Technological advancements are on top of the priority lists for every organization in this decade. And like most of us already know, the sudden rise in the use of technology is a result of the pandemic which led to rapid growth in service providers. Taking this lead, technologies like AI and ML also made revolutions which further led to an increased amount of data generation. Now, to access large amounts of data in real-time is why we need efficient data centers and solutions.
According to Gartner’s research and estimates, around 50% of enterprise-generated data is predicted to be produced and processed outside traditional data centers or a single centralized cloud by 2022, as compared to just 10% in 2020. In fact, by 2025, they forecasted that the number will climb as high as 75-90%.
So, while most enterprises still rely on traditional data centers, cloud trends are improving to accommodate changing business requirements. Enterprises have already begun using combinations of private and public cloud computing services which has in turn given rise to the demand for Hybrid cloud. But these are temporary solutions and soon IT departments will need a more comprehensive plan to efficiently address the growing data. This is where ‘Distributed Cloud Computing’ will present itself as an effective solution. It is our next generation cloud computing.
What is Distributed Cloud Computing?
Distributed cloud computing is utilized to interconnect information and applications that are served from different geological locations. It is a public cloud computing service that lets you run public cloud infrastructure in multiple locations like on-premises, in other cloud providers’ data centers, or in third-party data centers or colocation centers and not only on your cloud provider’s infrastructure. And surprisingly, it manages everything from a single control plane.
In simpler terms, the distributed cloud enables a geographically distributed, centrally managed distribution of public cloud services optimized for performance, compliance, and edge computing. It is the first cloud model that incorporates the physical location of cloud-delivered services as part of its definition because historically speaking, location has not been relevant to cloud computing definitions. In fact, location has been explicitly abstracted away from the service, which inspired the term “cloud computing” in the first place.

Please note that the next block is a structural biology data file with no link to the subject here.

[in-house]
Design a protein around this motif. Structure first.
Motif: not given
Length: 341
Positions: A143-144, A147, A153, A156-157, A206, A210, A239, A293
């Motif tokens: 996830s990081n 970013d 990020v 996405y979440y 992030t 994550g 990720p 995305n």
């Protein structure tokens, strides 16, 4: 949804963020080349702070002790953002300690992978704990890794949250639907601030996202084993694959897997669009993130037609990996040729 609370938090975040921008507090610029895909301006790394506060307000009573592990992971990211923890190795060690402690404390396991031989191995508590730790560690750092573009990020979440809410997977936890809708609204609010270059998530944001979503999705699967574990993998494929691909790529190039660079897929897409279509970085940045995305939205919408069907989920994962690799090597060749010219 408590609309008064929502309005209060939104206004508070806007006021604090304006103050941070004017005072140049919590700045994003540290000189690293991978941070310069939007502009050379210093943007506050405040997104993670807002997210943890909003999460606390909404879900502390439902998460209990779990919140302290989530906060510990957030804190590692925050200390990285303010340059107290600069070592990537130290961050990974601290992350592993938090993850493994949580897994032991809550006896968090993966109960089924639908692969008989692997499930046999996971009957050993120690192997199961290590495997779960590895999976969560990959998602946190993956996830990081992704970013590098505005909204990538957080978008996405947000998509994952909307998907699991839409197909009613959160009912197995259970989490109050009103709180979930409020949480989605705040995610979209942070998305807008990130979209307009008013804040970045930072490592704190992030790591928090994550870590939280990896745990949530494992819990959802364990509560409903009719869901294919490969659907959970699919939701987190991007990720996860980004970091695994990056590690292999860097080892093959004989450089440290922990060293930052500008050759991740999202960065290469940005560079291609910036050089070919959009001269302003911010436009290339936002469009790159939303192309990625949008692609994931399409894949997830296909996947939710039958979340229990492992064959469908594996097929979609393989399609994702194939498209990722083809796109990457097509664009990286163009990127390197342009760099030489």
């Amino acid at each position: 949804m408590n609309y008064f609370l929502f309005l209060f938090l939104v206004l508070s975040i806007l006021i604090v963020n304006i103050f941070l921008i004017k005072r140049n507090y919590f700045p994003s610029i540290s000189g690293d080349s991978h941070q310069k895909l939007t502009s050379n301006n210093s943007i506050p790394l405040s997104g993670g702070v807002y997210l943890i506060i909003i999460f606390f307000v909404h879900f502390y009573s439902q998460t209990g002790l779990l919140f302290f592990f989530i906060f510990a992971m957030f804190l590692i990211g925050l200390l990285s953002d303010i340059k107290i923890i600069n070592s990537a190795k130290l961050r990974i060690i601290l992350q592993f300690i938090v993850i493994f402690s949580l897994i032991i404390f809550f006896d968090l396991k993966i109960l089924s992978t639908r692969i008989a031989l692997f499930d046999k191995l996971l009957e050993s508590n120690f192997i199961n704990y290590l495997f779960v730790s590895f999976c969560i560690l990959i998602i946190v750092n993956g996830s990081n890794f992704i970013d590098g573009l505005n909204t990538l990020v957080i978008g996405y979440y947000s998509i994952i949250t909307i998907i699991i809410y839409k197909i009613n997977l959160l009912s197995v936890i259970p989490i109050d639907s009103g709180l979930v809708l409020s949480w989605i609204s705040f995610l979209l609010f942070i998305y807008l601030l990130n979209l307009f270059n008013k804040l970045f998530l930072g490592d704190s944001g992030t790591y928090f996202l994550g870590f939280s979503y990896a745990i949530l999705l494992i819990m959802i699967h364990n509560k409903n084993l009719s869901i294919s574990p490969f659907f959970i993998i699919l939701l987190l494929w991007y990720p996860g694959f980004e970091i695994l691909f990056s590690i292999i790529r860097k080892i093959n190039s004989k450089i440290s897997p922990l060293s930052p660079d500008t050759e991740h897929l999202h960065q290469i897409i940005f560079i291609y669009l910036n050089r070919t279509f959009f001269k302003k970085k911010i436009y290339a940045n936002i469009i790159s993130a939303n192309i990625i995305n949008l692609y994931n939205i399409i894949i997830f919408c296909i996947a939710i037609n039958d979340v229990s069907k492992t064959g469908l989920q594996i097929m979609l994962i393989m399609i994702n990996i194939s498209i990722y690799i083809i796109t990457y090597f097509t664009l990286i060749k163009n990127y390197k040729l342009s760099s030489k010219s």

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How Does Distributed Cloud Computing Work?
Distributed computing comprises of spreading application components across different networked computers and communicating with one another through messaging or APIs, with the goal to improve overall application performance and maximize computing efficiency.
Distributed cloud distributes a public cloud provider’s entire compute stack to wherever a customer might need it, whether on-premises in the customer’s own data center or on a private cloud, or off-premises in one or more public cloud data centers that may or may not belong to the cloud provider.
Distributed cloud extends the provider’s centralized cloud with geographically distributed micro-cloud satellites from where the cloud provider retains central control over operations, updates, governance, security and reliability of all distributed infrastructure. The customer then has access to everything, the centralized cloud services, and the satellites wherever they are located, as a single cloud and manages it all from a single control plane.
That said, low latency applications and regulatory compliance are a few issues for conventional centralized infrastructure but distributed systems in cloud computing mitigate those downsides by properly distributing the workload.
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Advantages of Distributed Cloud Computing
– Cost Efficient, Scalable, and Agile.
– Quick Analysis for Real-time Requirements.
– Allows Redundancy and Proximity to Data, in case of emergencies.
– Affordable and High-performing Infrastructure as compared to extremely expensive mainframes.
– Enables Local Processing, thus – Better Bandwidth and Lower Latency.
– Data Security is Better as compared to centralized data processing approach.
– Increased Compliance with Regulatory Requirements as data will be closer and more specific to the consumer location.
Disadvantages of Distributed Cloud Computing
– Security can be a concern as data transferring from public networks will be vulnerable to hackers.
– Erros at hardware and software levels are most likely to occur as the infrastructure with distributed cloud has more interfaces.
– Troubleshooting will be difficult due to the complexity of the infrastructure.
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